Demand Responsive Delivery of Food in Baltimore City Food Deserts (Core Project)

Project Abstract

Food deserts exist in Baltimore City and access to healthy foods is particularly difficult and costly for disadvantaged urban residents. Grocery stores are few and far between. Shoppers depend on corner stores with limited food selections and/or pay for "hacks" (extralegal taxis) for infrequent shopping trips. Food delivery through grocery stores and for-profit delivery services are costly and inconsistent in the city. Urban residents require secure, time sensitive and precise delivery services. This study will identify technological options for demand responsive food delivery, autonomous shuttles and drones, and build business models and optimized logistical systems for food delivery by non-profit groups. Simulations, sensitivity analyses and life-cycle costing will evaluate the various options to reach recommendations.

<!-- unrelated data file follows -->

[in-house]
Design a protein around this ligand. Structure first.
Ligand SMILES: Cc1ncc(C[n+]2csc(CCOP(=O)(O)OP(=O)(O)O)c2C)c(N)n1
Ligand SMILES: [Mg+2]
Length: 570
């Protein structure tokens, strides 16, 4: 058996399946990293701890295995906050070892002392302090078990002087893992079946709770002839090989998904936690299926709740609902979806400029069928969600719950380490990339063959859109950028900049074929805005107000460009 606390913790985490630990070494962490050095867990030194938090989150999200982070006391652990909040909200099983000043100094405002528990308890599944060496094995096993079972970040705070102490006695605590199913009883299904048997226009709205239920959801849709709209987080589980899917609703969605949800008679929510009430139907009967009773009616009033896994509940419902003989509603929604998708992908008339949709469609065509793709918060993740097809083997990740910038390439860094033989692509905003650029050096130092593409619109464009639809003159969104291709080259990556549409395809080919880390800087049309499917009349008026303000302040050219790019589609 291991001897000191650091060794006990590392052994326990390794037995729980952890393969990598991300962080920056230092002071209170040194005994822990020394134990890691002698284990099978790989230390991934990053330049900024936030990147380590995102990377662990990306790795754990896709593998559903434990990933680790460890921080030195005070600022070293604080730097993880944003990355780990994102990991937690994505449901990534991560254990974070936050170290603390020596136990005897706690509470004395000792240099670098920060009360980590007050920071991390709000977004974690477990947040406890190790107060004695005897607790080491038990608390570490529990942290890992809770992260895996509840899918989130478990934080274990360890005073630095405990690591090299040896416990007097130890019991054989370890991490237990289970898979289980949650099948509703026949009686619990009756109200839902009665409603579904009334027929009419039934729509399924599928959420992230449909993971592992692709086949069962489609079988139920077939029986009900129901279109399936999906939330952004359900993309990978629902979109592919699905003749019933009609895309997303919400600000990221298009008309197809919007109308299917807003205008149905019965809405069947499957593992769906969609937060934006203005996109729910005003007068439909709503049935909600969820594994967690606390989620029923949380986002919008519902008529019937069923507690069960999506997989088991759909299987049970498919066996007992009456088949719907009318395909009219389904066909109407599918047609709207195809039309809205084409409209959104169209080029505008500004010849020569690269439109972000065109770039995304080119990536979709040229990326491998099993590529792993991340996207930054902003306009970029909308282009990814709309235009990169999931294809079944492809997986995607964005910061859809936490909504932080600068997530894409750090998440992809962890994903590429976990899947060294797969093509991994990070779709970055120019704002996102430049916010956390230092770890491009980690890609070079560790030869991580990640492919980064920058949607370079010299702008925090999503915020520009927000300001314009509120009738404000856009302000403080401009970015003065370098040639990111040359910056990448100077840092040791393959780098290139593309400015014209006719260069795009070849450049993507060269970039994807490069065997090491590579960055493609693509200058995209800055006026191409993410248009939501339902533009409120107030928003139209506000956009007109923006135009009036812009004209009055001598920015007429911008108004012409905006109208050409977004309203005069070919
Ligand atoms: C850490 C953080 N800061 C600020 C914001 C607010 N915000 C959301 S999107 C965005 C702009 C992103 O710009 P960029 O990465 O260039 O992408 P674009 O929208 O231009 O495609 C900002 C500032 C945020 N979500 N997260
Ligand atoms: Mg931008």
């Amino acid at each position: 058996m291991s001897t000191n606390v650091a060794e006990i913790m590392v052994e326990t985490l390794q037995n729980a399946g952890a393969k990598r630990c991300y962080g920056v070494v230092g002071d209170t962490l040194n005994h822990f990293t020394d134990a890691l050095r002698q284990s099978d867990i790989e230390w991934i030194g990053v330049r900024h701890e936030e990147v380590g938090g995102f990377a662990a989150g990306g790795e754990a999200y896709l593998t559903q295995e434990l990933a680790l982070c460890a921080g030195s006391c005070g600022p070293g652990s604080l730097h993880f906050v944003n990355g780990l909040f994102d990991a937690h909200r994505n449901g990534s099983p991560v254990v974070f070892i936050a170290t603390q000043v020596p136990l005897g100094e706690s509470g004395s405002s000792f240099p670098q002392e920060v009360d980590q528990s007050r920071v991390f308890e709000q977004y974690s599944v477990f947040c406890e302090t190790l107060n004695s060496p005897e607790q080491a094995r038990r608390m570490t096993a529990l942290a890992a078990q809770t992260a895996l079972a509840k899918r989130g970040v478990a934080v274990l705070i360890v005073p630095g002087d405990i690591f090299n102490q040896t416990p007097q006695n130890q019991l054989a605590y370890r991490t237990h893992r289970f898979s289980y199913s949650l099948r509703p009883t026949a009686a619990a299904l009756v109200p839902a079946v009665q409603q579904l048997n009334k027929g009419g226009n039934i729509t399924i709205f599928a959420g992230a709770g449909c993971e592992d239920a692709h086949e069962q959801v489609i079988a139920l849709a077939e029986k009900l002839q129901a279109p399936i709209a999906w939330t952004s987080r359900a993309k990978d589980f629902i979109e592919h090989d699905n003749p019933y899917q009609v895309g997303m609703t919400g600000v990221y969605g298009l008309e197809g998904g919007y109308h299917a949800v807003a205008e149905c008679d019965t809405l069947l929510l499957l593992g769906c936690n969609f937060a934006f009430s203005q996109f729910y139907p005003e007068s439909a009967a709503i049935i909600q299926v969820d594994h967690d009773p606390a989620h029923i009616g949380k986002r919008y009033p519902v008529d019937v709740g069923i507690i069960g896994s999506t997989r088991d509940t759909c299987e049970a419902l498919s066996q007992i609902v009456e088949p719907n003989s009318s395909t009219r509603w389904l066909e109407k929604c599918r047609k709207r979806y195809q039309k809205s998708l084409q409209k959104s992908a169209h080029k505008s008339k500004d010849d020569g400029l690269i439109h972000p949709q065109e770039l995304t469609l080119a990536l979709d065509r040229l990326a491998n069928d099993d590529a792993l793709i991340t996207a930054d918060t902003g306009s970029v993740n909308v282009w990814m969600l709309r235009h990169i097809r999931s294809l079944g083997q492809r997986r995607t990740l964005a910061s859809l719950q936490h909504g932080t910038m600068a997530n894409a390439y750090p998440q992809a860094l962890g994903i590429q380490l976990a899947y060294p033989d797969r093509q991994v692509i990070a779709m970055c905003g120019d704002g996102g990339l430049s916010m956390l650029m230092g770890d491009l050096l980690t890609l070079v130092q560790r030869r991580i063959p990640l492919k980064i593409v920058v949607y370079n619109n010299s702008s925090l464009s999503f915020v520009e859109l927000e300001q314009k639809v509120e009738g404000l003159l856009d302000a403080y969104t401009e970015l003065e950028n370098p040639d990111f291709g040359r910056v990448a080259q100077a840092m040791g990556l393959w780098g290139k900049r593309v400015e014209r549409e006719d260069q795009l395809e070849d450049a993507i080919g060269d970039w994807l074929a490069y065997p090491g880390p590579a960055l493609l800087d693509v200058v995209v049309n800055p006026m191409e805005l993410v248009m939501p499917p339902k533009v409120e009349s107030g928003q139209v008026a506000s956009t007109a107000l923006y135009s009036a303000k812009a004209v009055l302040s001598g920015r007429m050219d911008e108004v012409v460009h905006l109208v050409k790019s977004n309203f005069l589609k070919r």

Universities and Sponsoring Organizations Involved

Morgan State University, U.S. Department of Transportation Office of the Secretary-Research

Principal Investigators

Hyeon-Shic Shin (MSU)
Richard Pitts (MSU)

Funding Sources and Amounts

USDOT: $40,000 (federal/UMEC); University: $20,000 (match)

Start Date

June 1, 2019

Expected Completion Date

April 30, 2020

Expected Research Outcomes

Recommended business model(s), logistical network(s) and a pilot program for demand responsive food delivery in Baltimore City. Non-profit organizations could use the results to develop delivery services for residents in high density urban environments.

Expected Equity Impacts and Benefits of Implementation

A sustainable food delivery network for disadvantaged Baltimore City residents will make available healthy food options delivered in a cost-efficient, time-sensitive and secure manner.

Subject Areas

Autonomous delivery vehicles, drone package delivery, food deserts, logistical systems for "last mile" delivery.